Putin Backs Trump Over Impeachment Charges He Says Were 'Dreamed Up' by Democrats

Vladimir Putin has voiced support for President Donald Trump over his impeachment, which the Russian president has blamed on political infighting within the Democrats.

At his annual televised question-and-answer session by journalists and citizens around the country, Putin was asked about what he intended to do before the end of Trump's presidency to strengthen dialog with the U.S., in particular regarding START (the Strategic Arms Reduction Treaty).

Putin did not accept the premise of the question, which he thought suggested that the Trump presidency was drawing to an end. "I'm not sure about that," Putin said about Trump's removal from office, pointing out that the Republican-majority Senate would not want to remove its representative from power for what in, "my opinion, are absolutely contrived reasons."

Russian President Vladimir Putin
Russian President Vladimir Putin speaks during his annual press conference in Moscow on December 19, 2019. He has backed Donald Trump in his impeachment. ALEXEY NIKOLSKY./Getty Images

Continuing with his criticism of Trump's impeachment, Putin said the process was simply a "continuation of an internal political struggle" within the Democrats and that the party "that lost the election…is achieving results through other ways and means."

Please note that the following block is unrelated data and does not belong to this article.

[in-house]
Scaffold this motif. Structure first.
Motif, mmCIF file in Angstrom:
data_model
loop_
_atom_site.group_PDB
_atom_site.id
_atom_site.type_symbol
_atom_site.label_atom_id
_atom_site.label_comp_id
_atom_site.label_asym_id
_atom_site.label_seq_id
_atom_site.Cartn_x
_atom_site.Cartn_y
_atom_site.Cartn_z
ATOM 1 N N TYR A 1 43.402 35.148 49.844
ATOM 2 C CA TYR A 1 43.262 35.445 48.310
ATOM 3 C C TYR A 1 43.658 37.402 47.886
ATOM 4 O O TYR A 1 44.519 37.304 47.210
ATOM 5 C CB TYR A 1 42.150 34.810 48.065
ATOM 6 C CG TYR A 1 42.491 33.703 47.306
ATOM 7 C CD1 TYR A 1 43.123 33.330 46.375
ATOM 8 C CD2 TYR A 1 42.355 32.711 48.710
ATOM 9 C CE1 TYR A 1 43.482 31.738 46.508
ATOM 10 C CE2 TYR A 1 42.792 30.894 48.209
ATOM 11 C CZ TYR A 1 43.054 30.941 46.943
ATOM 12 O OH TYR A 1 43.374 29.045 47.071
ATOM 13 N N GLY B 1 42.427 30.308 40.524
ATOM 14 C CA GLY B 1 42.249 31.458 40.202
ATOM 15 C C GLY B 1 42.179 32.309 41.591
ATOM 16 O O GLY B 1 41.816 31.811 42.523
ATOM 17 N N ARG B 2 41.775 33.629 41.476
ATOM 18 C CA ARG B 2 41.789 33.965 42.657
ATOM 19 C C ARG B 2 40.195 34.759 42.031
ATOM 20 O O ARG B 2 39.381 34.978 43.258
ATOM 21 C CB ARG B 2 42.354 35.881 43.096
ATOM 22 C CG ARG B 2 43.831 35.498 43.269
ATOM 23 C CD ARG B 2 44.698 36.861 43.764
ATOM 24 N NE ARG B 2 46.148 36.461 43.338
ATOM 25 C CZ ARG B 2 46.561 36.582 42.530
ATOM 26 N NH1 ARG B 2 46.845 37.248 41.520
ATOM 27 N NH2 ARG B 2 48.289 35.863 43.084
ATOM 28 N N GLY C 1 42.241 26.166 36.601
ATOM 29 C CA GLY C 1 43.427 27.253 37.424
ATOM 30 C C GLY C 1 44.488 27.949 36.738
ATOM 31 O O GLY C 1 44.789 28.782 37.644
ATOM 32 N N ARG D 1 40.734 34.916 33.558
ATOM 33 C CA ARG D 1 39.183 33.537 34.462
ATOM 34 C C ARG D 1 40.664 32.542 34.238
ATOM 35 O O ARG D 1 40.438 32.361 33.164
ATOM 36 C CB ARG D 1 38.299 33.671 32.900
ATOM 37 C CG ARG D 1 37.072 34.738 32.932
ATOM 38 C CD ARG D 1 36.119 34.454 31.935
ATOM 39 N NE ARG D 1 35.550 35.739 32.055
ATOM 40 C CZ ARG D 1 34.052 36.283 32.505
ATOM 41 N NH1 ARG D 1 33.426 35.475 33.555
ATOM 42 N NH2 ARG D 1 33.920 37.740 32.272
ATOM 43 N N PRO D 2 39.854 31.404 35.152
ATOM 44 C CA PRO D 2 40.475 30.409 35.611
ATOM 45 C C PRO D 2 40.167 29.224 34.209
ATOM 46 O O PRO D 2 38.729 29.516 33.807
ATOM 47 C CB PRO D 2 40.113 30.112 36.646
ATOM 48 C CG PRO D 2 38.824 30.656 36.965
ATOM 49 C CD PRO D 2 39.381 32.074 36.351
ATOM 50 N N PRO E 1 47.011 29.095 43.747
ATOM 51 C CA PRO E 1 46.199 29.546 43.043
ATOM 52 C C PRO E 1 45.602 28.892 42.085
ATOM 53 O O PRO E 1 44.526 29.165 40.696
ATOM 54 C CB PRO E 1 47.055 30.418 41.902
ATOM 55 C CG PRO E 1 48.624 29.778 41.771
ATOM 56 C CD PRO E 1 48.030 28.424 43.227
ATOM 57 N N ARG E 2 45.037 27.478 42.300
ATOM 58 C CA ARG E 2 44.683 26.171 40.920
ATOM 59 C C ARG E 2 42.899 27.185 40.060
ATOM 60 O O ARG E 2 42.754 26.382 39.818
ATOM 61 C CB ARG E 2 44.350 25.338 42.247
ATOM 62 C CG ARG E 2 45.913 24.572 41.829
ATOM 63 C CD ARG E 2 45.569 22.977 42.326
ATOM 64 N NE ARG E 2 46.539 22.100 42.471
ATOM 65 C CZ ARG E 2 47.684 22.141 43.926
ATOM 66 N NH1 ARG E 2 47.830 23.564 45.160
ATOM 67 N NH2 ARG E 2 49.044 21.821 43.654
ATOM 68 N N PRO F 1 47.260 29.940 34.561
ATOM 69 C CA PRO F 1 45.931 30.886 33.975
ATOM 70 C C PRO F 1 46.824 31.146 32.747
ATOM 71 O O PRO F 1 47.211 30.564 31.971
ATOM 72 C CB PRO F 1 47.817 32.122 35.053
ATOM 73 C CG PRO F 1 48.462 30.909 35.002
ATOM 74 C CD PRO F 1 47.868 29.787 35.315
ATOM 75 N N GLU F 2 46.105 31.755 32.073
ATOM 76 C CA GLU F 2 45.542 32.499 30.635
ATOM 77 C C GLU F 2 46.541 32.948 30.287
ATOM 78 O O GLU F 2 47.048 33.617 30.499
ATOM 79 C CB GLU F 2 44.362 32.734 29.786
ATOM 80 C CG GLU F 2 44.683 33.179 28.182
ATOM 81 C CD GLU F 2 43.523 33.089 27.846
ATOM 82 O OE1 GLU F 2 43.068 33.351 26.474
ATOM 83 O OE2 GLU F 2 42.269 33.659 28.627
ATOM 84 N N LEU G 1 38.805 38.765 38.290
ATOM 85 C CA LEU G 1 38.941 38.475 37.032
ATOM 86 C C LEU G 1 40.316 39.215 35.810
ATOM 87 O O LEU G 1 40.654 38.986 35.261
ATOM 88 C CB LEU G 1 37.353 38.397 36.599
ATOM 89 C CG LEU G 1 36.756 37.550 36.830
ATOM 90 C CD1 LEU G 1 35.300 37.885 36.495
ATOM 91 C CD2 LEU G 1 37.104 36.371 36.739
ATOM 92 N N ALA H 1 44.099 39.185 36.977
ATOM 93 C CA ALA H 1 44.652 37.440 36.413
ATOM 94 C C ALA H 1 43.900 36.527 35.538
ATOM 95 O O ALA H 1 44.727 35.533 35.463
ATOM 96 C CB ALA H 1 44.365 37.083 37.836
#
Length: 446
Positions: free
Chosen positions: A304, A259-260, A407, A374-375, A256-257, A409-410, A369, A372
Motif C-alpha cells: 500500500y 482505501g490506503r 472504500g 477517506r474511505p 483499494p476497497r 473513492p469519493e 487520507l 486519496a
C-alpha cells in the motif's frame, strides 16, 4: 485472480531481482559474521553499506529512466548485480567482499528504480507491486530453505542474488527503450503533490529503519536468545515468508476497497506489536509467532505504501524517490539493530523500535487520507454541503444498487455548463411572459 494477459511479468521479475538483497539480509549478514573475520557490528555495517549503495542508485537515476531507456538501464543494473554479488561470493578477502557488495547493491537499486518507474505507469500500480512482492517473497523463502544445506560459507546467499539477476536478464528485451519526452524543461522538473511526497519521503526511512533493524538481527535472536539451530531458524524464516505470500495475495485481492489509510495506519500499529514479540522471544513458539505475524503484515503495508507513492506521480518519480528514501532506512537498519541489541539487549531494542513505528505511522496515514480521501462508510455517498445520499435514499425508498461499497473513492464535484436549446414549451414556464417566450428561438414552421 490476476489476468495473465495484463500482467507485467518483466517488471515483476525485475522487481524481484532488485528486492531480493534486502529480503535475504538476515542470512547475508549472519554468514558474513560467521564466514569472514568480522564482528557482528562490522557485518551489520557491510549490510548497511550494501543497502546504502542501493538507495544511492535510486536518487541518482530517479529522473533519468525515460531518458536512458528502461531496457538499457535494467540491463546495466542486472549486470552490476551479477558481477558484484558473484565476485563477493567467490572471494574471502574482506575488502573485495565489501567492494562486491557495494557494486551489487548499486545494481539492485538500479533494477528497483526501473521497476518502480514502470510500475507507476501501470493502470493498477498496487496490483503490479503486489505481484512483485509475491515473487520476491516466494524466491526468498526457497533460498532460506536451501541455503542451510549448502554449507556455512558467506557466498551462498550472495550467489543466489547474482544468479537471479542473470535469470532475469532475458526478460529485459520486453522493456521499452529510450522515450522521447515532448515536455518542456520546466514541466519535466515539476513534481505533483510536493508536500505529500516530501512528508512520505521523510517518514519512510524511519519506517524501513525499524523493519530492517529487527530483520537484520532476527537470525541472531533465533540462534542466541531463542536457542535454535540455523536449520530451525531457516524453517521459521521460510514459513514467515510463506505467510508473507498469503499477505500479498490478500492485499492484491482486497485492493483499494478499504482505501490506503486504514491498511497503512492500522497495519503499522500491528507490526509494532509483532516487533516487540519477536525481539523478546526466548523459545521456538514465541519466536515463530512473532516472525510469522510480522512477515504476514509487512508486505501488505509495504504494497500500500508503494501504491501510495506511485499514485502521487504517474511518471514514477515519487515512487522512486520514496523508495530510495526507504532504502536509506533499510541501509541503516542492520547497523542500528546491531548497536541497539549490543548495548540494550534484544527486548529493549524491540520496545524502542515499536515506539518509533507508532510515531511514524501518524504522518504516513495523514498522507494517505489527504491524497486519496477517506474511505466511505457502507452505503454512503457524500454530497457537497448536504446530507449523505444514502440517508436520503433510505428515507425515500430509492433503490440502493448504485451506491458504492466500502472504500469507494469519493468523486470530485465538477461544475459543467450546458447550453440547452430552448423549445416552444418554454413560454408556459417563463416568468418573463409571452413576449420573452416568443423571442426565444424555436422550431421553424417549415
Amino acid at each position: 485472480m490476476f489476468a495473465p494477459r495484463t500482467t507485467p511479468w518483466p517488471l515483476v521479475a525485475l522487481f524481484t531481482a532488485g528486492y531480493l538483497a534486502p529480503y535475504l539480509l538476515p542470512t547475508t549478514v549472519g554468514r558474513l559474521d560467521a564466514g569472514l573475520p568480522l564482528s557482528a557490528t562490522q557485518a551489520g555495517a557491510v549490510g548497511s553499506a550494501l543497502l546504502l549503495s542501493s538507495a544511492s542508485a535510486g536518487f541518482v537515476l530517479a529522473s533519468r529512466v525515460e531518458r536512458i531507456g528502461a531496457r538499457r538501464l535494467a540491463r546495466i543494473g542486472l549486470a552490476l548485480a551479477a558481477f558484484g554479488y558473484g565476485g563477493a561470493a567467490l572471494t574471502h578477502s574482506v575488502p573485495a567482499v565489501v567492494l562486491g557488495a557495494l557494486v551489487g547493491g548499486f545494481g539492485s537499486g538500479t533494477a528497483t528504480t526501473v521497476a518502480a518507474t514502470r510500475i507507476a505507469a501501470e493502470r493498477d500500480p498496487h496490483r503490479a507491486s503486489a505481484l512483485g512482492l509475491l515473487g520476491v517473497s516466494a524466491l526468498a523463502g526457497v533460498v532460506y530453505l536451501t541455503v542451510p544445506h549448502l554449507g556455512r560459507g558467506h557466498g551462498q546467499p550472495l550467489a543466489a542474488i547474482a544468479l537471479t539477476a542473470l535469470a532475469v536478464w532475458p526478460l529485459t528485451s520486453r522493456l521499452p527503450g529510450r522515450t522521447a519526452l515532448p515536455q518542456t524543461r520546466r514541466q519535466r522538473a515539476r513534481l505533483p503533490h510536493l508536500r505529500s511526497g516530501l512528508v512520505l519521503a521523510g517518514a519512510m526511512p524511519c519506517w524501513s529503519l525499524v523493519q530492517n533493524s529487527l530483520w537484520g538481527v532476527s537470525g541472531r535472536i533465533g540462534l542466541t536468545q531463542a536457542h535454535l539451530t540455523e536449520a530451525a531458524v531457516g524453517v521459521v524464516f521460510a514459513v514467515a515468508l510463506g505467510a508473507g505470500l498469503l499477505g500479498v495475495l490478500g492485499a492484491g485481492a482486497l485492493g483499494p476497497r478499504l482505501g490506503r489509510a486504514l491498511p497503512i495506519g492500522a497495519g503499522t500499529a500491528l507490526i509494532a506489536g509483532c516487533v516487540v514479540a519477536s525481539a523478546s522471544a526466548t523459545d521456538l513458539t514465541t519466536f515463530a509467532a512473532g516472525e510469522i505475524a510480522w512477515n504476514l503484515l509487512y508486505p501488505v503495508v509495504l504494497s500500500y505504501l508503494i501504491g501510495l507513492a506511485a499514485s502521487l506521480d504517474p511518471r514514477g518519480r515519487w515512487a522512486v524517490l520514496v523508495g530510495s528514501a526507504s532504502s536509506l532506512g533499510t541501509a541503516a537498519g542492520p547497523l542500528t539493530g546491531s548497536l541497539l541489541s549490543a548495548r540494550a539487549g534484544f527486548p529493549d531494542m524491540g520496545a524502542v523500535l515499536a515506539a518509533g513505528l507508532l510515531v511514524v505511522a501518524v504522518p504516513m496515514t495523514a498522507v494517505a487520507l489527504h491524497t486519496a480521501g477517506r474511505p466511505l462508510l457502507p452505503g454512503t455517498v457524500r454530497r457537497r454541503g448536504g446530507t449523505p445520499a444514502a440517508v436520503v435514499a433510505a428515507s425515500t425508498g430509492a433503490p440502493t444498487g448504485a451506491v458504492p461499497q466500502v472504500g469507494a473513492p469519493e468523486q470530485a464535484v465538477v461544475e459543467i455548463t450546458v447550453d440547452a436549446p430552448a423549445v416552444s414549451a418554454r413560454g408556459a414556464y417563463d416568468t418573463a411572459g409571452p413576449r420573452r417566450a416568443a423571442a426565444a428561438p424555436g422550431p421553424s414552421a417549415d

"By charging Trump with collusion with Russia, then it turning out that there was no collusion, cannot form the basis for impeachment. Now pressure on Ukraine has somehow been dreamed up," Putin said, according to a transcript posted on the Kremlin website.

Radio Free Europe noted that the question about Trump was not posed by a journalist but by Dmitri Simes, who heads Center for the National Interest, which used to be known as the Nixon Center.

On the START treaty, Putin said he was prepared to extend it but that he was waiting for the U.S. response to the proposals.

"And if there is no START-3, then there will be nothing in the world that can restrain the arms race. And this, in my opinion, is bad," Putin said.

In a statement to Newsweek, a senior White House administration official said: "The United States remains committed to effective arms control that advances U.S., Allied, and partner security, is verifiable and enforceable, and includes counterparts that fulfil their obligations.

"The administration is evaluating the possibility of an extension of the New START Treaty that is in line with the President's direction to think more broadly than New START, both in terms of including China, and also on what is covered."

During the wide-ranging marathon phone-in lasting for 4 hours and 18 minutes, Putin was also asked about his future after 2024, when his second term as president ends, and when under the Russian constitution, he will be forced to step down.

"One thing that could be changed about these [presidential] terms is removing the clause about 'successive' [terms]. Your humble servant served two terms consecutively, then left his post and had the constitutional right to return to the post of president, because these were not two successive terms," he said.

Even though there was a summer of protests across the country following regional elections in which some independent candidates were banned, not one question was asked about this discontent that rocked the country, Radio Free Europe reported.

This story has been updated to include a White House statement.